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desone

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About desone

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  1. desone

    A decent notebook cooler

    I have several DEll laptops including some of the infamous Inspiron 5150's which had the overheating problems. The advice about cleaning the cooling fans is excellent advice. You can buy some excellent fan cooled bases to put under your laptop. Go for the aluminium ones, not the plastic. Never use your laptop on a soft surface, like a bed, without a cooling base. If you feel competent enough to open up your laptop, you can try a few little modifications. Most laptop heatsinks have a heat conductive pad about 2mm thick on critical hot areas. I removed this stuff and replaced it with pure copper squares and arctic silver paste. You can buy copper sheets for about $25 from hobby shops. I used a stanley knife to cut squares to the desired size. Make sure you don;t distort or bend the copper when cutting. I used a stanley knife with a new blade and made very deep score marks before breaking a section of the copper off the main plate. It is important to maintain, as near as possible the thickness of the origional heat conductive compound. This may require two layers of copper. I used arctic silver paste to hold the copper in place. I use my laptop as my main computer. It is running 24 hours per day 7 days a week with no problems. I havent switched on my desktop for about 18 months. Keeping in a dust and lint free environment, as much as possible, helps with maintenance.
  2. desone

    Wind tunneling and CPU cooling

    Getting the hot air from a heat sink, such as a video card, directly outside the case is a smart way to go. I had a SLI watercooled setup. I had two video cards with passive heatsinks. I used two exhaust fans, which fit into an expansion card slot to get as much heat generated by the video cards directly to the outside of the case. I only used watercooling on the cpu. My two radiators were both mounted inside the case, as I wanted portability. I used the fans to suck the air through the radiator to the outside of the case. My system worked very well. I had to mount fans beside the waterbloch to cool the cpu voltage regulators. I decided to go one better and made a chiller out of two peltiers and and thre copper cpu heatsinks. It knocked about 5c off the water temperature and 2c off the inside of the case. I used a 20amp 12v power supply to run the peltiers. If you are handy with a dremmel tool you can soon adapt a waterblock to suit later motherboards. e.g. I had a socket 478 waterblock and made up a perspex adaptor to suit a socket 775. The principle I used is - why use water cooling when fan and a heatsink does an equally good job. The advantage of using water on a cpu is that water can handle variable temperature changes very wall, as the cpu comes under load. My watercooled components were mainly secondhand off eBay. My main radiator was new as I was after a particular size to fi7 80mm fans. My water temp was typically around 30-35 degrees cent.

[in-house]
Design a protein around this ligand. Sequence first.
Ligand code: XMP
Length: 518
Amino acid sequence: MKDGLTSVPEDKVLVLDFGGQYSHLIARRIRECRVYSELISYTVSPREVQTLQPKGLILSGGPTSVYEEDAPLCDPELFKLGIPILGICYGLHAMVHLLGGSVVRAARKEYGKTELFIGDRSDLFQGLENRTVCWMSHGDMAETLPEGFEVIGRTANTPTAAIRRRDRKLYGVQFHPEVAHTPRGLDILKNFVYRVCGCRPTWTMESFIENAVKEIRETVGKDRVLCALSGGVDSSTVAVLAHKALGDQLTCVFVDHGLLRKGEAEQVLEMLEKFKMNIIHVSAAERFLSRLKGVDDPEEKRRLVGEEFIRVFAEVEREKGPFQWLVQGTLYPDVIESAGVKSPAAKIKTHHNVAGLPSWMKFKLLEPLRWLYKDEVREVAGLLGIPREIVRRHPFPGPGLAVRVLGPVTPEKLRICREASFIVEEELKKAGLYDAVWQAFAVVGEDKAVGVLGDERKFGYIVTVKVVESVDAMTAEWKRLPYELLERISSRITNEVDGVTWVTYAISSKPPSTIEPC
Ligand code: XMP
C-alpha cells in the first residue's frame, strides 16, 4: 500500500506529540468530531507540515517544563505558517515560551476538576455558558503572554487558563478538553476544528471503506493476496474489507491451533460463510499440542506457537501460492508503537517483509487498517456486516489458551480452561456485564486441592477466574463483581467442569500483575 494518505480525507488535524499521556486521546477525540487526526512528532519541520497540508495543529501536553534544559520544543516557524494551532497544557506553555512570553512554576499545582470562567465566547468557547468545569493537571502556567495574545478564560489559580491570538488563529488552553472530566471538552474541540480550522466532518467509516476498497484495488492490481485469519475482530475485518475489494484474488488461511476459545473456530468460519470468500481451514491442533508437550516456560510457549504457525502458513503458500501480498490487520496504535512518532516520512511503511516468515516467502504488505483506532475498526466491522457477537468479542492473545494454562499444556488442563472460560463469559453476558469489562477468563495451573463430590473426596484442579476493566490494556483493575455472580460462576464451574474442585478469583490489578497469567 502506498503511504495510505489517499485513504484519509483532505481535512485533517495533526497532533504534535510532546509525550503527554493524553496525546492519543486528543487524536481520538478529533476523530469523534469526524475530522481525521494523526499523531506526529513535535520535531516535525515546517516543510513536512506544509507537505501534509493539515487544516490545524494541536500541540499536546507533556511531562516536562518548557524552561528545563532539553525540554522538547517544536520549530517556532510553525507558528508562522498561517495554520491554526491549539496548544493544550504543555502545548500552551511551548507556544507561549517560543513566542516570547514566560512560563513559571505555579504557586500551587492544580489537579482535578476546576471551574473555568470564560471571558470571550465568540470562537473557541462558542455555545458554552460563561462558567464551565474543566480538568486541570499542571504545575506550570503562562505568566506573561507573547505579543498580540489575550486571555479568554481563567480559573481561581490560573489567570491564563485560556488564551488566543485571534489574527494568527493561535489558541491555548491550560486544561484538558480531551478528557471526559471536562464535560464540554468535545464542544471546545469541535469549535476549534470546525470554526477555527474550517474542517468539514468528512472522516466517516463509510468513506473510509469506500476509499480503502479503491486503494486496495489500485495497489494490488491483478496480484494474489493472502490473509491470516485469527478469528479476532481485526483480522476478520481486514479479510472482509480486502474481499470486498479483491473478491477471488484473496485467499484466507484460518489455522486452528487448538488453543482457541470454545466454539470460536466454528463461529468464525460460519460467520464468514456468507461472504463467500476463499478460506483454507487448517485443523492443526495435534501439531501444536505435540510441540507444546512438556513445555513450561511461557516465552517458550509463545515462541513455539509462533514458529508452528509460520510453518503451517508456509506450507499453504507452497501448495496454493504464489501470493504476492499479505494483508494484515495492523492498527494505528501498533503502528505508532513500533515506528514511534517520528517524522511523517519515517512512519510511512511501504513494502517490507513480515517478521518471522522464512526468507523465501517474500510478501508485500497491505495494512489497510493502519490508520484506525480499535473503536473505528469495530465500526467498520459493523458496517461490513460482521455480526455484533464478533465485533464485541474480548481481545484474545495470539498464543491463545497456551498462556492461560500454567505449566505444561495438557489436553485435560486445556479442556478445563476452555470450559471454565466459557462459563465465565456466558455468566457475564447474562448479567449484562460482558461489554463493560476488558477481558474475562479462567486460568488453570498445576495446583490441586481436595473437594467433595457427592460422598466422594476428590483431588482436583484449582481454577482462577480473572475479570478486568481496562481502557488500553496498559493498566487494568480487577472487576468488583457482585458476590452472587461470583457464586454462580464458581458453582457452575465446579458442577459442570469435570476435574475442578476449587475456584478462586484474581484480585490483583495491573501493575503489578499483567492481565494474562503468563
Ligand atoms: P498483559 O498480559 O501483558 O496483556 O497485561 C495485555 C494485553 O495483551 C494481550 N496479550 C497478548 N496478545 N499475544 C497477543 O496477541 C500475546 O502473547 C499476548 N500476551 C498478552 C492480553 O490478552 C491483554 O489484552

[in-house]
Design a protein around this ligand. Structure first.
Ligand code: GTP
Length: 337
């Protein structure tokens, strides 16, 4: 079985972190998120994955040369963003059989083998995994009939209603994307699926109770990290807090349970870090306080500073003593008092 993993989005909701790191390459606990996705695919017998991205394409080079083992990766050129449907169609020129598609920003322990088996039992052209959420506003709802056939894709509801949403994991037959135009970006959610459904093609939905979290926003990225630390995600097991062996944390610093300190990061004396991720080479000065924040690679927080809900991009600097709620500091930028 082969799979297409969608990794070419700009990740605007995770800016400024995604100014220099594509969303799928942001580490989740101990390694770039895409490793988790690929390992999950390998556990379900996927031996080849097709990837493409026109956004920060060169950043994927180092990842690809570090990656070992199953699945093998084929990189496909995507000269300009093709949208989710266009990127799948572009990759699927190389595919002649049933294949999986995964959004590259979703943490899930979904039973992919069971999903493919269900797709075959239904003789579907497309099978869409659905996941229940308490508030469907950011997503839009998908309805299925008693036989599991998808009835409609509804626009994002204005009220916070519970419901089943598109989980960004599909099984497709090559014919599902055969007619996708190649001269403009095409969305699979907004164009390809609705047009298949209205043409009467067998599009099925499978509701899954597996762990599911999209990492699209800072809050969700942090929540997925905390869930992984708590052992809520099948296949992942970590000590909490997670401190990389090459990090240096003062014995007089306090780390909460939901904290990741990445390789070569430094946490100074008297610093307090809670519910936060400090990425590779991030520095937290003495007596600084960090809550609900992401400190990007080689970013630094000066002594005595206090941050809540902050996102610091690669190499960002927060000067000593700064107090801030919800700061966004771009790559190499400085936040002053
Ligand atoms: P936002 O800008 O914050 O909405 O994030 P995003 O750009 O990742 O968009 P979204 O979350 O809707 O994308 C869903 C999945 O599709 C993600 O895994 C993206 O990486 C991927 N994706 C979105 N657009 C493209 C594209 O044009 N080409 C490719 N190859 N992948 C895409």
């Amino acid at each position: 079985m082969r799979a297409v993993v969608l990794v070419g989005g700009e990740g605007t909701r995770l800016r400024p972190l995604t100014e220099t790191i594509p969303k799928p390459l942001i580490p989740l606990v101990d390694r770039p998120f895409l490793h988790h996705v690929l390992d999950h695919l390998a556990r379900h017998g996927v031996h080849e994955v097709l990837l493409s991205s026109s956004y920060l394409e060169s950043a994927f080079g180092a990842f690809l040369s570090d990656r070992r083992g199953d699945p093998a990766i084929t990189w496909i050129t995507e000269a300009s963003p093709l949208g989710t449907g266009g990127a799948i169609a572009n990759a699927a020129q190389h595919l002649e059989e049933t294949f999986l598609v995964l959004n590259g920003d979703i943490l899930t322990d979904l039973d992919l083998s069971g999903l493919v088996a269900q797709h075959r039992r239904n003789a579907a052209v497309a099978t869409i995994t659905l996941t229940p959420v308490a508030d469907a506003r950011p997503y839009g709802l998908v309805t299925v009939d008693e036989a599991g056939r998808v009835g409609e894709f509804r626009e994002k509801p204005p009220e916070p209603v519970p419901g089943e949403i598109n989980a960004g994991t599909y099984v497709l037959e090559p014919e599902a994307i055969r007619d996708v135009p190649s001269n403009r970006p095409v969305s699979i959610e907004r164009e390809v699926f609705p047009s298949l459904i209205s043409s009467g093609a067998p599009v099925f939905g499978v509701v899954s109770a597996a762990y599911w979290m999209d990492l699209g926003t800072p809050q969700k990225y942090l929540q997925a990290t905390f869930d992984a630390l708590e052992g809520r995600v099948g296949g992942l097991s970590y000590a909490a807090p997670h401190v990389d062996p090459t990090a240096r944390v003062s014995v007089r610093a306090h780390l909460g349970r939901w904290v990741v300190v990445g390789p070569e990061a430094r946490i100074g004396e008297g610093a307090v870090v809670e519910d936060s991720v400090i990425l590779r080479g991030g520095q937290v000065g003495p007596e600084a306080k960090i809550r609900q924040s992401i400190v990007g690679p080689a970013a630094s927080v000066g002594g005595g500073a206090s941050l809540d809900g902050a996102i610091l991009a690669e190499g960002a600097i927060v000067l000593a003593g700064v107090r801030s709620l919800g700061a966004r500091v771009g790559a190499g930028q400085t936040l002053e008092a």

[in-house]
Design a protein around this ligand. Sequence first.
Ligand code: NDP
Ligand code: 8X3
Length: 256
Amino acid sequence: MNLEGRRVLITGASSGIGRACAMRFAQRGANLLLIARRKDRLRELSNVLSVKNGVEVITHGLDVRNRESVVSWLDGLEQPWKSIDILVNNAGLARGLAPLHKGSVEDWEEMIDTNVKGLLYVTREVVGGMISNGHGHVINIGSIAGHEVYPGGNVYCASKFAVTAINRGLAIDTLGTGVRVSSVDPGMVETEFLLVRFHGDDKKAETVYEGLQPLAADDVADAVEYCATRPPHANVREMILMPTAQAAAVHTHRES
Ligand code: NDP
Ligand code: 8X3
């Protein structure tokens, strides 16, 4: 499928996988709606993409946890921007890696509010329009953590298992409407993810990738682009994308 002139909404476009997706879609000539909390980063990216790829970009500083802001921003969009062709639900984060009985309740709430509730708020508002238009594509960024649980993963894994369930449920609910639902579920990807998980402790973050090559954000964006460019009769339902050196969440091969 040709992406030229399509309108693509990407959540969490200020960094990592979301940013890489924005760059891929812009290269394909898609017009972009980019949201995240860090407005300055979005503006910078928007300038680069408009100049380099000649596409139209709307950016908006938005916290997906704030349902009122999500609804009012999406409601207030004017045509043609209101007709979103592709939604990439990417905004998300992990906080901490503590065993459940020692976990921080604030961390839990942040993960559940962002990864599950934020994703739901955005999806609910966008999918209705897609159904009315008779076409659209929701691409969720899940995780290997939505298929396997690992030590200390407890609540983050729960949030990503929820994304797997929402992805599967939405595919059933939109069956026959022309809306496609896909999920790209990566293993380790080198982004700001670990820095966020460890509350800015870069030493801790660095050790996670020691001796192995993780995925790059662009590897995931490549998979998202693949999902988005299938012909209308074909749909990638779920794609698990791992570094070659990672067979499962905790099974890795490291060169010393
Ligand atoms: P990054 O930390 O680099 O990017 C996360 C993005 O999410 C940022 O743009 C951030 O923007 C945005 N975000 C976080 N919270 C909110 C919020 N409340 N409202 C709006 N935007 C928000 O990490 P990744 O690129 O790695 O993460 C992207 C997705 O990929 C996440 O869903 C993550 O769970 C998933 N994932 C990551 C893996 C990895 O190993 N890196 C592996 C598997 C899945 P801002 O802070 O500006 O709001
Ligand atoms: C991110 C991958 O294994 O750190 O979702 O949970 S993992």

3. This morning I downloaded an "Optional" update for my Dell Inspiron 8200 laptop. After installation the touchpad refused to work. I had to use a USB mouse to regain control of my machine. I thought - no great problem - I will uninstall it. There was nothing to uninstall. I then thought I would roll back the driver - no driver to roll back. I contacted Microsoft support via email. They actually got back to me in about 4-5 hours. Not bad service I thought. By that time, however, I had already solved the problem. Here is the fix, if anyone has the same problem. http://techrepublic.com.com/5208-7343-0.ht...189&start=0 Look for the oem**.inf file which was created on Dec 11. 2008 6.14.56am. I just put it in another folder so XP couldn't find it and deleted the device from the device manager as per the instructions. Microsoft has since withdrawn the update from their web site.
  4. desone

    Beginners water cooling system

    If you are thinking of watercooling and you are worried about the heat problem, look seriously at a salt water aquarium chiller. I wouldn't go for the cheap peltier type but the refrigerant ones which cost about $400 up. They often turn up secondhand on eBay at very reasonable prices. These type of chillers come inbuilt with a water pump, so you don't have to worry about a pump. You could mount the chiller outside your room in order to minimize the heat generated by the chiller. You may not even require a radiator, just a water block. The size of the chiller would depend on what you want to cool e.g. cpu, gpu and other components. There was one Gold Coast distributor, a while back, especially modifying these chillers especially for computers. I wouldn't be too concerned about water condensation inside the computer case. As long as there is good airflow inside the computer case, condensation wont have time to form, much in the same way as a frost-free fridge.
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